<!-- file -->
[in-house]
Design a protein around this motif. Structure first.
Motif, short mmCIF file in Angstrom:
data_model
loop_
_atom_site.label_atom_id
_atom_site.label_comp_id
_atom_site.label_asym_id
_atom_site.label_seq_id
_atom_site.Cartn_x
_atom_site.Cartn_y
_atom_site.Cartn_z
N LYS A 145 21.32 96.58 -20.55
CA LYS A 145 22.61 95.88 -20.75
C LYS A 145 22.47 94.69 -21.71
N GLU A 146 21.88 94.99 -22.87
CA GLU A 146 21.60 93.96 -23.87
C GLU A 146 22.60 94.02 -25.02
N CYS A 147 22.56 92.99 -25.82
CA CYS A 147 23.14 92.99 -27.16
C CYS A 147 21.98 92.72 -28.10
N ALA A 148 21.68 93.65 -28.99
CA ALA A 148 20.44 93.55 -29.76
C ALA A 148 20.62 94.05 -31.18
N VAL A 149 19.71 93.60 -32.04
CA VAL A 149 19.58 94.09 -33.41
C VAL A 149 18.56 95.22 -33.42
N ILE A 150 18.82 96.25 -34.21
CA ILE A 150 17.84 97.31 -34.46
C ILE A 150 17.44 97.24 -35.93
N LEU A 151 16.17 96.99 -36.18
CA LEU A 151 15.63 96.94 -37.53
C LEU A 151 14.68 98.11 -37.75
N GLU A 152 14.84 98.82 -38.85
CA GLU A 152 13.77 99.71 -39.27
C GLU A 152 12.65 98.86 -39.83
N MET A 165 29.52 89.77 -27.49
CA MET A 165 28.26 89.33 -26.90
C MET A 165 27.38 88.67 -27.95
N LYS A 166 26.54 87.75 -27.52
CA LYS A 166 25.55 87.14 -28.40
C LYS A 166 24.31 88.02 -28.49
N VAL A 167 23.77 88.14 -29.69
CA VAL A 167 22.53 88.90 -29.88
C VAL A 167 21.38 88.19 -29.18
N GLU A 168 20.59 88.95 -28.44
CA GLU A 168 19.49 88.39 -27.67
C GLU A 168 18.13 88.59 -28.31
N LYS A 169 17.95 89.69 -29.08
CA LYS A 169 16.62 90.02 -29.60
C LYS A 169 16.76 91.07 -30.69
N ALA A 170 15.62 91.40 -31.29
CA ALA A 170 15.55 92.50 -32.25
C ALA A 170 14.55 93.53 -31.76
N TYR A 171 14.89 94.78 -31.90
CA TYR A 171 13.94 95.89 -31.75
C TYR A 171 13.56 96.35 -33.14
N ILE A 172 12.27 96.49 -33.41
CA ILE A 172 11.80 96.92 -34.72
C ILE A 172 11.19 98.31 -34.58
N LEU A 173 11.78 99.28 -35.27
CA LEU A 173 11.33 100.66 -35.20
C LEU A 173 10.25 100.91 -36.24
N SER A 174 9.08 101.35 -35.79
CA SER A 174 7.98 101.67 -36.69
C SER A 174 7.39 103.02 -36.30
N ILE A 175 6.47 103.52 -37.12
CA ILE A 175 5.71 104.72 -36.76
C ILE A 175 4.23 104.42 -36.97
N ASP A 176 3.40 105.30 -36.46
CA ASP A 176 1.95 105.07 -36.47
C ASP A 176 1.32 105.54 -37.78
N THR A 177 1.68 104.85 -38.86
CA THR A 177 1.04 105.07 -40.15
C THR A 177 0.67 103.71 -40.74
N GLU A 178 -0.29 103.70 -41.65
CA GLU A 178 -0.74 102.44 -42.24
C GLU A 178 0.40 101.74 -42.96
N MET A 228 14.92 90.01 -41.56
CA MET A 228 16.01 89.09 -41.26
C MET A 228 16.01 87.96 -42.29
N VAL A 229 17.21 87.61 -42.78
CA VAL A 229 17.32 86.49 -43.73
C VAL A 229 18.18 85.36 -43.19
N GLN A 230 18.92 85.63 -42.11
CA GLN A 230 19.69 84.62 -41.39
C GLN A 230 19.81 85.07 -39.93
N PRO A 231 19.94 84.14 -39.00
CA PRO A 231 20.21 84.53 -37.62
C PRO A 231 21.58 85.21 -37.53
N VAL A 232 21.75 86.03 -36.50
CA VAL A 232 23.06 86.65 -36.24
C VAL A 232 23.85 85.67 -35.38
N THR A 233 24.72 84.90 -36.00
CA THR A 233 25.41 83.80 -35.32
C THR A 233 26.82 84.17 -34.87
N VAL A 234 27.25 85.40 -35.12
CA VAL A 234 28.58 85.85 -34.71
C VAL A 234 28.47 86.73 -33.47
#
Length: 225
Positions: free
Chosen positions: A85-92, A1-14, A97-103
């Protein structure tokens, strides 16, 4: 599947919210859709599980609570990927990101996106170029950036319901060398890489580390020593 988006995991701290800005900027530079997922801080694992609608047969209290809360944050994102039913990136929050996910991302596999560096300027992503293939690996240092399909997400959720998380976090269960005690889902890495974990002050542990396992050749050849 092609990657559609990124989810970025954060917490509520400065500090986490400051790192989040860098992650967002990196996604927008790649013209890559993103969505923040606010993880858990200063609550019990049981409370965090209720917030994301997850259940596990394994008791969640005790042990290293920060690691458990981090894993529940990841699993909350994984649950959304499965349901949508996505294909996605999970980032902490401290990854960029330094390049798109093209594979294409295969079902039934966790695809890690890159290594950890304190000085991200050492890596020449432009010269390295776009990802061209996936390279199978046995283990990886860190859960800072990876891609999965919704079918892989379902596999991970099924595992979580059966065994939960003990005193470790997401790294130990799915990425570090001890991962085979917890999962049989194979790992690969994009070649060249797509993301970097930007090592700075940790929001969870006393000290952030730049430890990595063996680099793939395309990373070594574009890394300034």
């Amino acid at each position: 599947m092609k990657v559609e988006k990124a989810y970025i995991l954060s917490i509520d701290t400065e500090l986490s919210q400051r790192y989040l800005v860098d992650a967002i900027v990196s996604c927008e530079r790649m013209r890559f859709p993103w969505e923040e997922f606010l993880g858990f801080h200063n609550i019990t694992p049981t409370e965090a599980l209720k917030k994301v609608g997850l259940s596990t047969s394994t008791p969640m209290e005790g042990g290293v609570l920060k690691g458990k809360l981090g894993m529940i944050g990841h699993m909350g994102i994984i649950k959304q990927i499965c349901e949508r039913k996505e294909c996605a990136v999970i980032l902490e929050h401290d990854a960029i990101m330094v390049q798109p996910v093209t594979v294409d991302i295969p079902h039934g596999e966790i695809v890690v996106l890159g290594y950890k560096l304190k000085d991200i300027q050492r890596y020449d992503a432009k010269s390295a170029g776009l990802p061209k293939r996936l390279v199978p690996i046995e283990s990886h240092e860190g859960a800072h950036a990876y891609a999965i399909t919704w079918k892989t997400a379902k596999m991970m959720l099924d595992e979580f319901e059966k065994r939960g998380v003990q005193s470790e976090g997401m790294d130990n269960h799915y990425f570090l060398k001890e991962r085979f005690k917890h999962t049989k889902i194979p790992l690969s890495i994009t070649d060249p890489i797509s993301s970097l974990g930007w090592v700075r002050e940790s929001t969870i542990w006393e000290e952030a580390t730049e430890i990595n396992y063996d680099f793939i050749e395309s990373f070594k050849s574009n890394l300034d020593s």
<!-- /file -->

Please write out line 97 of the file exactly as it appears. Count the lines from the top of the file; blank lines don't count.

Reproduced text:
N VAL A 234 27.25 85.40 -35.12